If we expect to keep it together when apocalypse hits, we’ll need each other.
Apocalypse is so in right now. It’s almost an essential part of the cultural landscape. It’s not just sci-fi that takes us into the realm where everything falls apart. Leave aside the inundation of serials concerning a future overrun by zombies, vampires, androids, and robots. We’re invariably given to understand it’s the horrible humans we have to fear.
It’s not only in Star Wars where men flake out and women hold firm—it happens in scripture, too.
I went to see The Last Jedi with some immature trepidation, since I’m more emotionally invested in this story than I should be, not being a teenager doing crappy cosplay before I knew cosplay was a thing anymore. For me, you see, the Star Wars epic is not just a story. It’s one of “my” stories—the stories I have carried with me and that helped shape my imagination, my sense of humanity, and my understanding of our relationships to the cosmos.
Religion historian Philip Jenkins believes the books of Wisdom and Maccabees can explain the origins of Christian beliefs about heaven and hell.
In the 1960s the Second Vatican Council proclaimed the central role of scripture in the life of the Roman Catholic Church and urged Catholics to become once more a people of the book. But as ordinary Catholics read the Bible more intensively, some were puzzled at the differences they found from Protestant and Jewish versions. Why do Catholic Bibles include texts such as Wisdom, Sirach, and the books of Maccabees, which other traditions treat as apocryphal? What kind of authority do they carry?
Follow Mary’s example and ponder God’s words wrapped in silence.
What does it mean to give your heart to a mystery? To fall in love with the silence that wraps around words and gives them context—like diamonds in their proper settings? On the first day of the year, we celebrate Mary’s determination to do that. It’s a countercultural choice.
‘Messiah’ used to refer to a political king. Scripture scholar John J. Collins explains we got from there to Jesus Christ.
The story of the Messiah in the Bible is a complicated one. In the earliest biblical texts, the word originally referred to the present king. It later came to refer to some future ruler, then eventually a heavenly redeemer along the lines of the archangel Michael before, in the New Testament, Jesus is born and the mantle of Messiah falls firmly on his shoulders. The word’s history is convoluted, and to understand it’s necessary to know a little about apocalyptic visions, ancient Near Eastern mythology, and ancient Hebrew.
Baby Jesus isn’t just a cuddly cute bundle of life.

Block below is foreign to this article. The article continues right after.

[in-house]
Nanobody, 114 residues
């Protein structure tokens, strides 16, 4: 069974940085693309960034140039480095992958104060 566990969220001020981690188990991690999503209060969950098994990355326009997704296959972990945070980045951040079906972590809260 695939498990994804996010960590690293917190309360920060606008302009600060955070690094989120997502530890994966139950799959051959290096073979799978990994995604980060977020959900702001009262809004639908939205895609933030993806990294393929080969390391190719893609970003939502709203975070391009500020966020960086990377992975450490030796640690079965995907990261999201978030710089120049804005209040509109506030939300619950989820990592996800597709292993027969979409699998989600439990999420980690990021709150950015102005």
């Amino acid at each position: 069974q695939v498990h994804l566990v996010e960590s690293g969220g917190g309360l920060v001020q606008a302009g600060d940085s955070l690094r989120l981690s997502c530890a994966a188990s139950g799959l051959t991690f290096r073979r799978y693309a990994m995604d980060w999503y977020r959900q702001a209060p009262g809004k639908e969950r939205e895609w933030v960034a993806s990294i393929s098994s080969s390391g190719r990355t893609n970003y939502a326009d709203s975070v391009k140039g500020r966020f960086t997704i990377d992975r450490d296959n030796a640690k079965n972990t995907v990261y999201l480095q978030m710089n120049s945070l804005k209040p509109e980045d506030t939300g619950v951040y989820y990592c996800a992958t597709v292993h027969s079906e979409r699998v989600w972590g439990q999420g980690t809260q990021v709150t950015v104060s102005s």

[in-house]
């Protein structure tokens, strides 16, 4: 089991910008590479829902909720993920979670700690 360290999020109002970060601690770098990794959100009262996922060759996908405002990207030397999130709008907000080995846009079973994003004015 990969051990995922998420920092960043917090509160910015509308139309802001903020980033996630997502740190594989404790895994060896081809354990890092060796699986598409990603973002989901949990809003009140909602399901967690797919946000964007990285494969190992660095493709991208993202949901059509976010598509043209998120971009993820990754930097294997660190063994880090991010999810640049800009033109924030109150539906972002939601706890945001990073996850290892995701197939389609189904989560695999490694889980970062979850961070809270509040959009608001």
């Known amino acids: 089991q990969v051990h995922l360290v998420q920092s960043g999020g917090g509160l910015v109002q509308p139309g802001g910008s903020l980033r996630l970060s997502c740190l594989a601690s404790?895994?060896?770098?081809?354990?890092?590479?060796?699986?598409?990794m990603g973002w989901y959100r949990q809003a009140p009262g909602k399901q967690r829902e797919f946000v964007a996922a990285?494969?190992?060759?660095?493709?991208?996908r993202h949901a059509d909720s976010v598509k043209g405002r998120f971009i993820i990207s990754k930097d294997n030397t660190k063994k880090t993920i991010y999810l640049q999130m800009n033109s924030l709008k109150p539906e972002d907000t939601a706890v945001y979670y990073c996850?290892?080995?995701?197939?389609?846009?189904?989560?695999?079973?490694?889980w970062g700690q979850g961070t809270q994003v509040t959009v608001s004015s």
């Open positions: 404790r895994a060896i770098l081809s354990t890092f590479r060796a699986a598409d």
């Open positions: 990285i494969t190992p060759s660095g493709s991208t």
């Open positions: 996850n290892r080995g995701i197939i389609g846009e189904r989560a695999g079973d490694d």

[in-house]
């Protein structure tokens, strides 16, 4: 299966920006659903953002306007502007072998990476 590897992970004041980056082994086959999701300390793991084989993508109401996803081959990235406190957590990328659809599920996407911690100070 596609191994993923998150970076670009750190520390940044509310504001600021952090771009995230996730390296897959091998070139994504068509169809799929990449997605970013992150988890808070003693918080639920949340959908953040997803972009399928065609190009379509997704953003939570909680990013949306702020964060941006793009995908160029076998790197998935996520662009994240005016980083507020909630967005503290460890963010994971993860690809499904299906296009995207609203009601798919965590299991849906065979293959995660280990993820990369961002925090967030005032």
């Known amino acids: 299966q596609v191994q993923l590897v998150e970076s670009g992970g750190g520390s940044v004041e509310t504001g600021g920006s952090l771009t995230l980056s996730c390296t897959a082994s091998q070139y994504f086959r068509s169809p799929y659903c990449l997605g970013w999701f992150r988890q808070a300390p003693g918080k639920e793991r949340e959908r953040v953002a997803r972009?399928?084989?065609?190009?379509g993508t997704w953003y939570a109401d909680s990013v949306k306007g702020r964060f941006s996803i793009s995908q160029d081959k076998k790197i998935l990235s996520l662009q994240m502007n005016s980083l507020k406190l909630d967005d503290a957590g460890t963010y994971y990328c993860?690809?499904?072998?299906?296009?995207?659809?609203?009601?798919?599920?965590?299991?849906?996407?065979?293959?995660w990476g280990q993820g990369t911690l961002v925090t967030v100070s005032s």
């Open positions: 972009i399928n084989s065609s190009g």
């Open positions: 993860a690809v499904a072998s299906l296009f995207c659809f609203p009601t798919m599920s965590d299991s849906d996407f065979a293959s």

Advent is a wonderful season because it’s all about waiting for a baby. Who doesn’t love babies? Religion is sweet when it concerns a tiny bundle of life we can hold in our arms and upon whom the very hope of the world depends. More people would sign up for church membership if it were all as lovely and cuddly and charming as this.
But be forewarned: The baby is a thief.
The New Testament parable of the 10 virgins shows how when it comes to character, you positively have to supply your own.
It’s hard not to play favorites, even with scripture. Many churchgoers accept that the Bible is composed of sacred writings from one end to the other. Still, while some of these texts may sound holy to us, others are simply annoying.
From the archives: What Shadrach, Meshach, and Abednego can teach us about racial justice.
It’s one of those Bible stories that, from my childhood, has captivated me: three men, true believers, refuse to worship a golden idol and are thrown into a furnace by an evil king. But God saves them. The flames are so intense that the king’s henchmen are burned up, but Shadrach, Meshach, and Abednego don’t even break into a sweat.
It’s a perfect story (Dan. 3)—simple, clear. You can see it, even feel it.
And then, of course, there are the songs that make it richer still.
Paul’s New Testament letters give us a window into life in the early church.
Twenty years without a word! That’s how long the early church went without written texts. From the resurrection of Jesus to 50 A.D. there wasn’t a shred of paperwork until Paul sat down and wrote his first apostolic letter. Before the year 50, no Christian texts were necessary. The community of believers was a pretty local phenomenon. Anyone involved in the story lived within walking distance of Jerusalem. The first gospel wouldn’t be composed for another two decades.
How do Christians make sense of some of the Bible’s more graphic stories?
There are some Bible stories that don’t appear in the Lectionary. Like that of Yael, in the book of Judges, who drives a tent peg through an enemy general’s head, killing him instantly. Or that of Uzzah, who reaches out to steady the Tabernacle in 2 Samuel and, as a reward for his consideration, is instantly struck dead by God.
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